Nantucket Roiled by Surfside Crossing Affordable Housing Plan

On Nantucket, the ritzy summer getaway for the rich and famous, the average house goes for $4.43 million and hotels are some of the priciest in the country. Wealthy summer residents like former Secretary of State John Kerry and Blackstone CEO Stephen Schwarzman spend summers by their pools or tanning on the beaches, while year-round residents and workers increasingly struggle to pay their rent.

In this island paradise, the solution seems to be causing even more conflict than the problem itself. The proposal of a 13-acre affordable housing development near a popular beach has sparked protests and lawsuits, and turned out record numbers of townspeople at hearings. Angry residents claim the 156-unit condo development will damage the environment and strain resources, and that the developers are using the subsidized housing angle to skirt zoning restrictions. The developers, meanwhile, claim the residents are just peeved about having a low-income housing project in their own—very large—backyards.

Tucker Holland, the town’s municipal housing director, told The Daily Beast it was “the biggest controversy that I can recall in recent years.”

Meghan Perry, another year-round resident and vocal opponent of the project, put it differently.

“I think the developers underestimated our community,” she said. “They didn’t read the room.”

Almost everyone on the island can agree that Nantucket has a major year-round housing shortage. Its popularity as a vacation destination for the luxury class—where a 5,075- square-foot home recently went for $33 million—has led to what the Massachusetts General Court described as a “housing crisis.” According to a study Holland ran last year, when prices were even lower, a family would have to earn $530,000 a year to afford the median price of a home. “You have people who are earning what otherwise would be considered very good money… but still struggle to find housing here,” he explained.

The housing crunch is also putting a strain on the island’s workers, from waiters and shopkeepers to police officers and firefighters. Fire Chief Stephen Murphy told state lawmakers in February that the police department had six job openings and another three officers preparing to depart because they couldn’t afford to live there. Brooke Moore, an employee of the island’s affordable housing trust, testified that the food pantry had received requests from three families sharing a three-bedroom house. At the time of the hearing, there were no homes for sale on the island under $1 million.

Legislators have proposed multiple solutions, from instituting a tax on all real-estate transactions over $2 million to raising the town budget by $6.5 million to fund public housing. The cause has even attracted big names—and big wallets—including Wendy Schmidt, wife of former Google CEO Eric Schmidt, who started an economic revitalization project on the island. But progress is slow, and the subsidized housing stock remains below 10 percent of the island’s total real estate.

In 2018, developers from Nantucket and Cambridge, Massachusetts, weighed in with their own solution: a 156-unit affordable housing development a few miles from the main downtown area, near popular Surfside Beach. The pair, Jamie Feeley and Josh Posner, had previously constructed an award-winning, 40-home affordable housing project on the island called Beach Plum Village. But the new proposal—Surfside Crossing—would be significantly bigger, with 60 stand-alone homes and 96 condos across 13 acres.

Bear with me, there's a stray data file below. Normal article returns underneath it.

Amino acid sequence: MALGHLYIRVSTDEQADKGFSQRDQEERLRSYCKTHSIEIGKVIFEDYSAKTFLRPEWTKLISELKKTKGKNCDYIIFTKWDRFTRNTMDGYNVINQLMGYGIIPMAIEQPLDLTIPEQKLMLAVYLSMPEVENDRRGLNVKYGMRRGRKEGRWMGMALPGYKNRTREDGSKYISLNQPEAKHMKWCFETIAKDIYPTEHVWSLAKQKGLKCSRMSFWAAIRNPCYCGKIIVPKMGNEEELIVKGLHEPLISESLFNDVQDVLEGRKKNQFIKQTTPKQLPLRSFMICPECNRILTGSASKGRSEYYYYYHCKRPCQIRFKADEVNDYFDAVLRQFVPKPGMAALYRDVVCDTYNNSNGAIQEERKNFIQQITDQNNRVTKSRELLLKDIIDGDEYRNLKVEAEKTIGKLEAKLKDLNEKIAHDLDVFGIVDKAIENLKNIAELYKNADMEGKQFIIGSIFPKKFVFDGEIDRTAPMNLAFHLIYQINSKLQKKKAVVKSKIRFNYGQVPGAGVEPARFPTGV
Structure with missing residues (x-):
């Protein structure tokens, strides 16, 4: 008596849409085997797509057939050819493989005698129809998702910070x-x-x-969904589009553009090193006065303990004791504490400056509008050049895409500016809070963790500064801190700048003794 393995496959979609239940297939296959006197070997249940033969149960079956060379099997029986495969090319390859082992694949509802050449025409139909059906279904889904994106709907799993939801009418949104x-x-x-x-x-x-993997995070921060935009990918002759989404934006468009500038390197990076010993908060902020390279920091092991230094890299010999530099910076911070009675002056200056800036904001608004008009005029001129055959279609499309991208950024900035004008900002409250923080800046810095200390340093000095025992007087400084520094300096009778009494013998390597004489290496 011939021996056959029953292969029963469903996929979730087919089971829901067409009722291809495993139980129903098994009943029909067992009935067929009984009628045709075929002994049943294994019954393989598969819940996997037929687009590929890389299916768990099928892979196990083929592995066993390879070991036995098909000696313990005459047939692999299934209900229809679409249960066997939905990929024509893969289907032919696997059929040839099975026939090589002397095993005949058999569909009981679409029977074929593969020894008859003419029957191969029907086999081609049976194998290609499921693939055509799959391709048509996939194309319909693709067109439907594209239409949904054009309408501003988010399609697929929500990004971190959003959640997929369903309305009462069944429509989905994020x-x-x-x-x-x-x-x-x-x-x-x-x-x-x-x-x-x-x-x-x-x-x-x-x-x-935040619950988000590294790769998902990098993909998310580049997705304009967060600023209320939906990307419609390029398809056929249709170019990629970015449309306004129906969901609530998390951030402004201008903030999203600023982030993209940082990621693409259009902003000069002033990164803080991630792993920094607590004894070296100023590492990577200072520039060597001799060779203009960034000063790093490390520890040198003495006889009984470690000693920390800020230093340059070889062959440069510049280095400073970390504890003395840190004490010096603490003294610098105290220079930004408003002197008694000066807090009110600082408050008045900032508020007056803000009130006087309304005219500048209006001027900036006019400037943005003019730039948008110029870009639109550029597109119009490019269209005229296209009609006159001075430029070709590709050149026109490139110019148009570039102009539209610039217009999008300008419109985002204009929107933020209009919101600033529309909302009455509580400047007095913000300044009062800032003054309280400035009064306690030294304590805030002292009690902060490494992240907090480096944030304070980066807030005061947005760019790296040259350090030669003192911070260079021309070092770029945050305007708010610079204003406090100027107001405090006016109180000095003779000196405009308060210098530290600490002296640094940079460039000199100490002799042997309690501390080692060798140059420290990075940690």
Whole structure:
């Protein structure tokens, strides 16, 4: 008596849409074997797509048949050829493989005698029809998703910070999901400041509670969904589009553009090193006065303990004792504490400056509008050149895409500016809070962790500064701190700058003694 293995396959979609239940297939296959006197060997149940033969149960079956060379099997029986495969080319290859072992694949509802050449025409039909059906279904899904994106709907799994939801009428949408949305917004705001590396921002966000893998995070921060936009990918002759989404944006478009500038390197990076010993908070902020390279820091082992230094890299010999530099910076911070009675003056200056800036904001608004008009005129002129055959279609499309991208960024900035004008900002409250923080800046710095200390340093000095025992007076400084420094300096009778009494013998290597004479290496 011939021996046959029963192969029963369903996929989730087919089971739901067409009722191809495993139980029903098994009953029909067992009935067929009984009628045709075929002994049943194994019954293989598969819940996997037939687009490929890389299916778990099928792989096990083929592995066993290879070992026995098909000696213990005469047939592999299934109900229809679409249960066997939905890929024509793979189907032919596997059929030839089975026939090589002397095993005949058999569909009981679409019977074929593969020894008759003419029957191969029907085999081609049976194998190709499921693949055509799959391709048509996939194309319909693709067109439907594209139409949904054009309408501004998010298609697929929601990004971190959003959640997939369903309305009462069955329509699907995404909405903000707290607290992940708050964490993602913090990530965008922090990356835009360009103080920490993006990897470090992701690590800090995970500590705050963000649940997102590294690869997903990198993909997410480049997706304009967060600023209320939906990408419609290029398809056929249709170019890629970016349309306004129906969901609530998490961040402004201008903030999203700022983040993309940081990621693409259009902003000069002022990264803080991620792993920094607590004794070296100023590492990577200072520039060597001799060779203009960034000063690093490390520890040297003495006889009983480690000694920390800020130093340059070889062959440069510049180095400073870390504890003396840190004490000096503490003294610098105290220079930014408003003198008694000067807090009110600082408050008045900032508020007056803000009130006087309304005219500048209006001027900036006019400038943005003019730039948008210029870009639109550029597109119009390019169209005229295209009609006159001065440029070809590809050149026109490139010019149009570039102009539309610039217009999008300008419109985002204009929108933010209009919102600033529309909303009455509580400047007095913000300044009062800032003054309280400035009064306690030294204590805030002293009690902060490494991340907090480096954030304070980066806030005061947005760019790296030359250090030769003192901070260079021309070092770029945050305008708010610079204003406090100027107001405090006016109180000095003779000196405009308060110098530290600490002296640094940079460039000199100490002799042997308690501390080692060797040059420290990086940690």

They promised that 15 of the homes and 24 of the condos would be sold for between $261,000 and $373,000, and all of the properties would be under $1 million. They also proposed to use a decades-old Massachusetts law called Chapter 40B, which allows developers to build under “flexible rules” if 20 to 25 percent of the units meet the definition of affordable housing. The law also allowed Feeley and Posner to appeal to the state if the Nantucket Zoning Board rejected their plans.

Fresh off their construction at Plum Beach, Feeley—who lives on the island year-round—and Posner, who has spent summers there since he was a child, knew they would face some resistance. When Feeley told the civil engineer at Plum Beach that he was thinking of starting another 40B project on the island, he says he was told to prepare for an “auditorium of 200 people with pitchforks.” (“That really stuck with me,” Feeley admitted.)

Posner, meanwhile, is a 30-year veteran of the affordable housing space, and knew that such projects were rarely popular with the neighbors—even in liberal communities like Nantucket.

Courtesy of Joshua Posner

“Most people on the island think affordable housing is the No. 1 problem facing it,” he said. “And yet these attempts to try and do something about it usually have one tragic flaw: They are next door to somebody.”

That somebody, it turns out, was Perry—one of nine residents whose property abuts the proposed development and who ultimately sued to block it. When islanders first caught wind of the plans, Perry and a group of concerned residents formed a group called Tipping Point Nantucket to oppose construction and “educate for responsible development to protect the long-term sustainability of Nantucket’s finite resources,” according to its website. The group’s board is largely composed of year-round residents, but Perry said its membership extends from waitresses and teachers to “the billionaire who just flew in on his plane.”